No single group of men at West Point--or possibly any academy--has been so indelibly written into history as the class of 1846. The names are legendary: Thomas "Stonewall" Jackson, George B. McClellan, Ambrose Powell Hill, Darius Nash Couch, George Edward Pickett, Cadmus Marcellus Wilcox, and George Stoneman. The class fought in three wars, produced twenty generals, and left the nation a lasting legacy of bravery, brilliance, and bloodshed. This fascinating, remarkably intimate chronicle traces the lives of these unforgettable men--their training, their personalities, and the events in which they made their names and met their fates. Drawing on letters, diaries, and personal accounts, John C. Waugh has written a collective biography of masterful proportions, as vivid and engrossing as fiction in its re-creation of these brilliant figures and their pivotal roles in American history.
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(210mm x 140mm x 28mm)
Ballantine Books Inc.
Publisher: Random House USA Inc
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US Kirkus Review »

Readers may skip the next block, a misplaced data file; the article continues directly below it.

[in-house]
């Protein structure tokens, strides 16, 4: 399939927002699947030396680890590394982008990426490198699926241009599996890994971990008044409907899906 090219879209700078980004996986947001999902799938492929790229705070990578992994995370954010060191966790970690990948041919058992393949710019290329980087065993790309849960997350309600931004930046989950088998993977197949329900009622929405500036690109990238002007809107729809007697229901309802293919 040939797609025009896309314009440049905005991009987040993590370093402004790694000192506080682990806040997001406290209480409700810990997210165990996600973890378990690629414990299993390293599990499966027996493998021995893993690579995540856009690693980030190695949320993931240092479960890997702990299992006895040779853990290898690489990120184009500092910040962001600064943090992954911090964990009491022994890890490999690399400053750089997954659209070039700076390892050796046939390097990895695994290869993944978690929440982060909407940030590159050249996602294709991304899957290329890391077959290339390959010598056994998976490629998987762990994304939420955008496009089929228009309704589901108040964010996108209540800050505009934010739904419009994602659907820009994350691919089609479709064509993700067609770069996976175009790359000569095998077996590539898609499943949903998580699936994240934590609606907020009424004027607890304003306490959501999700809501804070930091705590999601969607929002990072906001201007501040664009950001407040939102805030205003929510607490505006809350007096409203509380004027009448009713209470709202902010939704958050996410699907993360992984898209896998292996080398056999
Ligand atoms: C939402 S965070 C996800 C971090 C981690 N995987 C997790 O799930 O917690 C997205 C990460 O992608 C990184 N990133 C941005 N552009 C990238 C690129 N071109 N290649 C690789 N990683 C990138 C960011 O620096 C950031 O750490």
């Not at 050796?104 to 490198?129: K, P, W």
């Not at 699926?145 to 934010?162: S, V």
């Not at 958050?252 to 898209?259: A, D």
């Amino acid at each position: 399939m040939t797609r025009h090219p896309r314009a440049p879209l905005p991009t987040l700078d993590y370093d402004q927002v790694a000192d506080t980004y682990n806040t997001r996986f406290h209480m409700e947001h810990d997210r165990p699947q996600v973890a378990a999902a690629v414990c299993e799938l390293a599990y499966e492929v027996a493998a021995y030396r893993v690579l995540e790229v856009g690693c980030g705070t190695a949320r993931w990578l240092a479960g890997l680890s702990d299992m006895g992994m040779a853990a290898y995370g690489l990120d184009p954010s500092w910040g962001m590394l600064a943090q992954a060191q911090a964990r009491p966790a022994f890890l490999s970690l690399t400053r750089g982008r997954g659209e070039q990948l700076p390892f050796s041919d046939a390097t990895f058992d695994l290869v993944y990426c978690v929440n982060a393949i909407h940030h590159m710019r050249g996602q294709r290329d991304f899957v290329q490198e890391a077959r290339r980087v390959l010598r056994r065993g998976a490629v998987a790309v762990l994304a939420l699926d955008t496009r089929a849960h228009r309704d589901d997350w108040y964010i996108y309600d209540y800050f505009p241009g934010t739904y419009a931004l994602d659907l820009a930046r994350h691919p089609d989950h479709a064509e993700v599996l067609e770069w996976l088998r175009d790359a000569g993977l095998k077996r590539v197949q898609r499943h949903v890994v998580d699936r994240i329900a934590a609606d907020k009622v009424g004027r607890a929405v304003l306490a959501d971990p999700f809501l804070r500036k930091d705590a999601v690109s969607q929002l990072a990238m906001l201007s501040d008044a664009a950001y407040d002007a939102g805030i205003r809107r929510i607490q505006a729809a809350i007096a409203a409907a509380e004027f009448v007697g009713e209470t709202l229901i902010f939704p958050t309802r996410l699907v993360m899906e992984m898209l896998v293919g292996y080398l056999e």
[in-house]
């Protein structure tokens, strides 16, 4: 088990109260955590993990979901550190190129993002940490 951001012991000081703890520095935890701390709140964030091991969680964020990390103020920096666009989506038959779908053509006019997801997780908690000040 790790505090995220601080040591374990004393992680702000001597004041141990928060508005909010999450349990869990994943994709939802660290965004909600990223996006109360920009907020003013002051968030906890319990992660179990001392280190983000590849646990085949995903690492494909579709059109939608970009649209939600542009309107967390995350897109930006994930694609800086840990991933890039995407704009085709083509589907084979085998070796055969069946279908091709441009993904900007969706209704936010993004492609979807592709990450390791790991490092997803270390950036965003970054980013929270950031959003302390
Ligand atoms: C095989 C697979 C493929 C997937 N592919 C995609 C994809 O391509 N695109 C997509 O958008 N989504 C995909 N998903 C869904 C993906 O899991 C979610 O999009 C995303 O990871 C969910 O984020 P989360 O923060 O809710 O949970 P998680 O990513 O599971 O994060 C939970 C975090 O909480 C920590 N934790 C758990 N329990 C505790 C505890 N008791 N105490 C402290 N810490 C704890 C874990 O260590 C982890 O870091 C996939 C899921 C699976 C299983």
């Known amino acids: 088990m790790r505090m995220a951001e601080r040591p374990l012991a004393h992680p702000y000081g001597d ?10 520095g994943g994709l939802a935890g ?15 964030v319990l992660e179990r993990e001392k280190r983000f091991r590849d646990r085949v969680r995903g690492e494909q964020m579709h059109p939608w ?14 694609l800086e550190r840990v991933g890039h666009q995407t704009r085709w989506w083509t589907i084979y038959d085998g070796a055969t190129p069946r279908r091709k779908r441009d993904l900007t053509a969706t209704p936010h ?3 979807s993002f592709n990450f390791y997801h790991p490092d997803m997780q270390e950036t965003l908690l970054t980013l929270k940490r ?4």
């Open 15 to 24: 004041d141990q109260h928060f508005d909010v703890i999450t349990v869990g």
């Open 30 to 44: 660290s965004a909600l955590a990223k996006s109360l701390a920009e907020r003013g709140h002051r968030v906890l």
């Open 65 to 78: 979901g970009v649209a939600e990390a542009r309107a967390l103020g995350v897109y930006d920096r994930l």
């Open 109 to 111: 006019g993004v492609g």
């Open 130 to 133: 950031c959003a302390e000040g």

The "brothers' fight" of Civil War legend and historical cliche is grounded in firm fact: not only did the war split many actual families along partisan lines, but a sizeable number of celebrated officers in blue and in gray had been bosom buddies at West Point and subsequently comrades and mess-mates in the prewar Federal army. In an exceedingly well-written narrative, Waugh tackles this subject head-on, following school friends of the 1846 West Point graduating class from their four rigorous years at the Academy through the questionable heroics of the Mexican War and the early Indian wars on the Great Plains to the grim carnage of America's Iliad. The "Class of '46" produced ten generals on the Union side, including the ultimately unsuccessful George McClellan (who at least survived the war), and nine on the Confederate, including those fabled warriors "Stonewall" Jackson and A.P. Hill (both of whom were killed) and the luckless, ultimately bitter George Pickett, who had graduated last in his class. By a perversity of fate, the number-one man in the class (McClellan was ranked second) never made it higher than colonel during the conflict. Wonderful, poignant stories, often alluded to but rarely told, and even more rarely told so well. (Kirkus Reviews)
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